Scratch That

I know I said I would be migrating all of my old WordPress posts over to Jekyll, but I’ve decided to alter course. I have struggled with the presentation of my website/domain for a while now. Honestly I haven’t been crazy that when you visit my domain name, my high-level online representation, that you’re met with fairly boring, rephrased, technical documentation.

Technical documentation was the primary reason I started blogging, keeping notes for certifications and studying. Then I started to write about work I was doing, adding notes for certain projects. However a recent combination of life events has given me pause about what and why I was writing. The technical notes are useful, I use them for reference still at my $dayjob. However that’s not the primary thing I want when people find ME online. I am more than technical documentation.

So, what to do? For now, at least, I’m going to move my old technical documentation to a separate folder/layout. I think it is important to keep that information around and I will add to it when I find interesting things to share. The primary focus of my writing will be on the things I care about. Alas, I am changing, and and therefore my site is changing. Here’s to a new direction, a focus on the intersection of life and technology…

The Migration Begins

I pulled the trigger. I did some research and found a solid way to import my wordpress posts into a text/markdown format. I’ve put all my previous posts into my _drafts folder while I work on cleaning up the markdown, correcting photos, and removing stale content. I’ve also redirected my domain to my GitHub pages URL while I figure out what to do with the domain.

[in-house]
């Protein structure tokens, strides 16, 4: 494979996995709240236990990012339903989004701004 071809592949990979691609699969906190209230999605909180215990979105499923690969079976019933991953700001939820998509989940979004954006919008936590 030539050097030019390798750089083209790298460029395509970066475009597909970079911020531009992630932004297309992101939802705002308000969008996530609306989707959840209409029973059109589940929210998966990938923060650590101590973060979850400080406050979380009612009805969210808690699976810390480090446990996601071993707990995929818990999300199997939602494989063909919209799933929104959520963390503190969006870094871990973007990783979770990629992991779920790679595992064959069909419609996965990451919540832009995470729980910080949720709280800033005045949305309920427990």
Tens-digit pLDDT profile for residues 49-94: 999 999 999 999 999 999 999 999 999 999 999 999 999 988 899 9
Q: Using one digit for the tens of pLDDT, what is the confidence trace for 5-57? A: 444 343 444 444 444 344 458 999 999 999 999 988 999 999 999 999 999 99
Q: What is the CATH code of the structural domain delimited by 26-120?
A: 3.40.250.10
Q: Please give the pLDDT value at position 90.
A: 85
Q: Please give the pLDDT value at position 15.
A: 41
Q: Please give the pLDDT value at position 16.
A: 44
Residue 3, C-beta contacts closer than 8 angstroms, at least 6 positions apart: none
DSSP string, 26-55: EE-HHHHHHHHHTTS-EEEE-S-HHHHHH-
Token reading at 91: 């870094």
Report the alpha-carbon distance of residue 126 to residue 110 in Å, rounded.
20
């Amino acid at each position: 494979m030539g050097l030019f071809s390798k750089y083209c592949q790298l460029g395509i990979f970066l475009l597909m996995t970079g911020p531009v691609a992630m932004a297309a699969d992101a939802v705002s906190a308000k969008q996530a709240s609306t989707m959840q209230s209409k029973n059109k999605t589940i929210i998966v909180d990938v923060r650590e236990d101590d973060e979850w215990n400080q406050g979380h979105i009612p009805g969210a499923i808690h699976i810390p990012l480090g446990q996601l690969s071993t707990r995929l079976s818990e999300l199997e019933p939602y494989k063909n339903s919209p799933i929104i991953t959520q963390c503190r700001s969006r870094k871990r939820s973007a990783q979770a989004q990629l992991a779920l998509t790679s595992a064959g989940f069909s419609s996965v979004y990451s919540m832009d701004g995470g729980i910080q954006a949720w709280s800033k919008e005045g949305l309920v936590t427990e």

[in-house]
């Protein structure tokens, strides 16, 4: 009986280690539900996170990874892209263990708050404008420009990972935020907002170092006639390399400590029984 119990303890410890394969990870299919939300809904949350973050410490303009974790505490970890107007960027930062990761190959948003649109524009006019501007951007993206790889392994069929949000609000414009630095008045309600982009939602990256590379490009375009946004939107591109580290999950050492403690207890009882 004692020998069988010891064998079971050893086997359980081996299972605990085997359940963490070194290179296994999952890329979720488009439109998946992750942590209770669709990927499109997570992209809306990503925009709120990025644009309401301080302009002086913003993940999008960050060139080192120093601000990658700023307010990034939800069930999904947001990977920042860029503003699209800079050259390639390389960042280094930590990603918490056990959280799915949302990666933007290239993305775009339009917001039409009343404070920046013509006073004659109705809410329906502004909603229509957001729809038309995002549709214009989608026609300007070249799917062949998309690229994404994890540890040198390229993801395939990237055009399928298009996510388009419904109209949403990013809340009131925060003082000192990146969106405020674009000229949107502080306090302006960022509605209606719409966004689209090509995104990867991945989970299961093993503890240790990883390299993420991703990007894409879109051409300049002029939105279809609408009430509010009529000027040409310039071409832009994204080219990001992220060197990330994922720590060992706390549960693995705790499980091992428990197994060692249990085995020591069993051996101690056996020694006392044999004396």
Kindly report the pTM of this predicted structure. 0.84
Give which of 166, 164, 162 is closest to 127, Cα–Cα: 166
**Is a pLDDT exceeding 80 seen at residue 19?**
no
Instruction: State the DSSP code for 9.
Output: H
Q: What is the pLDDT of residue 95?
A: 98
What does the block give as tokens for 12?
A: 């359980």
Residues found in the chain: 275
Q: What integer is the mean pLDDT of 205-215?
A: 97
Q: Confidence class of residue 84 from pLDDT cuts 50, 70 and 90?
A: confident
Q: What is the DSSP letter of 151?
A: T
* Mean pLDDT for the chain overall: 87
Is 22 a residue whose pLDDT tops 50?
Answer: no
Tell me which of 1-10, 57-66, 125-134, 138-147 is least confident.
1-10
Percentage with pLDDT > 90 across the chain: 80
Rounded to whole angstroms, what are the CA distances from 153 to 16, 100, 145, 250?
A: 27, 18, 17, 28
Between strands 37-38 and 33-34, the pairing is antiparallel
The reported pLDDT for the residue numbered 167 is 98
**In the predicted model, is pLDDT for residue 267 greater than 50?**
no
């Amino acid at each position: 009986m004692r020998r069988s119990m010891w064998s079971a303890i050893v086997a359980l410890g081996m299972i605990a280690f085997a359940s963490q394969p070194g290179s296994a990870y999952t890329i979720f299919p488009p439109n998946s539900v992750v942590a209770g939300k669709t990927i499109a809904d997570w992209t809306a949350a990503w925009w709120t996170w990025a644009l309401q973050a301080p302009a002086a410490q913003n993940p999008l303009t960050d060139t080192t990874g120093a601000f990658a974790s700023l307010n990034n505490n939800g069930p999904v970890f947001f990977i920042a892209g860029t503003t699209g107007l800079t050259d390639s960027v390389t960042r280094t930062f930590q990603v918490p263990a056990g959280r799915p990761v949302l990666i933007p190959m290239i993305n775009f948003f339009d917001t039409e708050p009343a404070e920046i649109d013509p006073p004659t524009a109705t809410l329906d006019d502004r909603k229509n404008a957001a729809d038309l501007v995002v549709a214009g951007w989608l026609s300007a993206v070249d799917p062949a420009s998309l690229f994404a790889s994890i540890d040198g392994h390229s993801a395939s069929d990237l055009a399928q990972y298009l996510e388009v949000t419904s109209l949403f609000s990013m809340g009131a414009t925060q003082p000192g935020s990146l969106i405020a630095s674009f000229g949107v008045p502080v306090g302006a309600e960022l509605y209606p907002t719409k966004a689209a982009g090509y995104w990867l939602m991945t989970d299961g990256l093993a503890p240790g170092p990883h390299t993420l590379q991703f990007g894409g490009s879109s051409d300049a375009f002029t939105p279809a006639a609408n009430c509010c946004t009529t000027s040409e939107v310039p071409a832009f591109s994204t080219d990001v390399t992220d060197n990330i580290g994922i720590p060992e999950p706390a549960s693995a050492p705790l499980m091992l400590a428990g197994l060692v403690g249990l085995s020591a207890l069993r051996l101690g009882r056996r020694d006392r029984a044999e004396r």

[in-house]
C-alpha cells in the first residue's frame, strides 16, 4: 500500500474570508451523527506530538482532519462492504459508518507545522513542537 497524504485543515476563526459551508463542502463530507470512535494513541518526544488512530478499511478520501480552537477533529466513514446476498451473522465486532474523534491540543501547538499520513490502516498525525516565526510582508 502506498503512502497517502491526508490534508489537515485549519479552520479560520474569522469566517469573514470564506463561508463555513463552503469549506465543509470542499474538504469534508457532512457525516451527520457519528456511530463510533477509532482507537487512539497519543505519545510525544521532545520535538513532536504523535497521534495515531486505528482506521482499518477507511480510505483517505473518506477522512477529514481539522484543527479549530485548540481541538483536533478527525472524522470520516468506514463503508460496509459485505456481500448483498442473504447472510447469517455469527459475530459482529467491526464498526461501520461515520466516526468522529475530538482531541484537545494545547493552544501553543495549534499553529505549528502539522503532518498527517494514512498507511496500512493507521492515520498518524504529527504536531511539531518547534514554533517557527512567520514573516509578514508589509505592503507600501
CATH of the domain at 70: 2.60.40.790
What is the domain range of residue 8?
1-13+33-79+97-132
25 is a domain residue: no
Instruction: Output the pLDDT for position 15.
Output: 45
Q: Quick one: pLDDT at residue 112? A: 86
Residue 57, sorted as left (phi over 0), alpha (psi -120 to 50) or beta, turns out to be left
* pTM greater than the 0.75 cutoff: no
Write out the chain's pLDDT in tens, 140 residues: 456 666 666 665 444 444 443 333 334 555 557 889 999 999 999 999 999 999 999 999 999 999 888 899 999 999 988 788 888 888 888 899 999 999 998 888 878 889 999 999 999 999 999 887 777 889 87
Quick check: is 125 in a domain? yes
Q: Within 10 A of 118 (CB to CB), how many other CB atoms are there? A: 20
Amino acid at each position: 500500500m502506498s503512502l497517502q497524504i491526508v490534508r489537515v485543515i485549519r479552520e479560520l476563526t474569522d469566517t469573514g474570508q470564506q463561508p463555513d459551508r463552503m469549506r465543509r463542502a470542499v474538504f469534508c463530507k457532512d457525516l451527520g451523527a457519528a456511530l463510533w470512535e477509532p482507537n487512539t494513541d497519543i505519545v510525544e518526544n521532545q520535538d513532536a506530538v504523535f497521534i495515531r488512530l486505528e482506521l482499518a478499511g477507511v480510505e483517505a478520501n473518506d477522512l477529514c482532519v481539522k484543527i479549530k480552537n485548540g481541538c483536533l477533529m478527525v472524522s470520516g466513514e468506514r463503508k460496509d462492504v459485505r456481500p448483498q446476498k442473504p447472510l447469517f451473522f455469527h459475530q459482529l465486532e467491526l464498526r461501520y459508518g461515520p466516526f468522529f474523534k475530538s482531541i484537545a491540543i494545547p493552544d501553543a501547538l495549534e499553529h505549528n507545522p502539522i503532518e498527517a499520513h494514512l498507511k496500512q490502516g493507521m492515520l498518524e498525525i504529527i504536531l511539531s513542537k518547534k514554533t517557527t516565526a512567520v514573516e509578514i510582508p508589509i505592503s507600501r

In the mean time, I’m back on Twitter @robertj180 if you want to chat.

Hello World!

Hello from Jekyll/GitHub Pages. In an effort to clean up my online writing I plan on migrating my domain and blog to Jekyll hosted on GitHub Pages.

For me this means a few changes:

  • Renewing my GitHub skills
  • Learning to write in MarkDown (KramDown to be exact)
  • An effort to publish more consistently
  • More focused content

I’m still debating what content I want to move over, so that may change. I’ll keep you posted with updates and an overview of how I’ve managed the migration.

Working Remote

As 2015 comes to an end, it marks a year I’ve spent working remote. I work for a large service provider in managed enterprise services. While I work remote, the majority of my colleagues work in an office somewhere. I personally have really enjoyed being able to work from home. I thought I would share some of my experiences and insights from the past year.

One of the major reason I wanted to work from home was family time. With the nature of my work, it doesn’t really provide me with a flexible schedule (not as much as I would like) however I don’t have a commute and I’m able to see my family throughout the day. I enjoy grabbing some coffee or lunch at home and being able to see my wife or son. When I initially stopped to think about why I was working, and what I was really working toward from a whole life perspective it all came down to family. Working remote has definitely allowed me more time with my family.

One thing I have noticed, it was a fear of mine from the beginning and is still a nagging issue, is the fear or missing out. Since I am not in the office with most of my colleagues I miss out on the water cooler talk and the gossip. I don’t hear news until it has been made official and I usually don’t get the personal insight I would if I was having a chat with my boss in the office. I understand also that since I’m not in the office I don’t get face time with the boss, which could possibly hurt my chances for promotion (out of site, out of mind). However I believe I work hard and do good work, I don’t think that goes unnoticed but I’ve accepted a peer may be considered for promotion before I am. I have acknowledged this, and personally given the choice I would still rather work remote and see my family more often.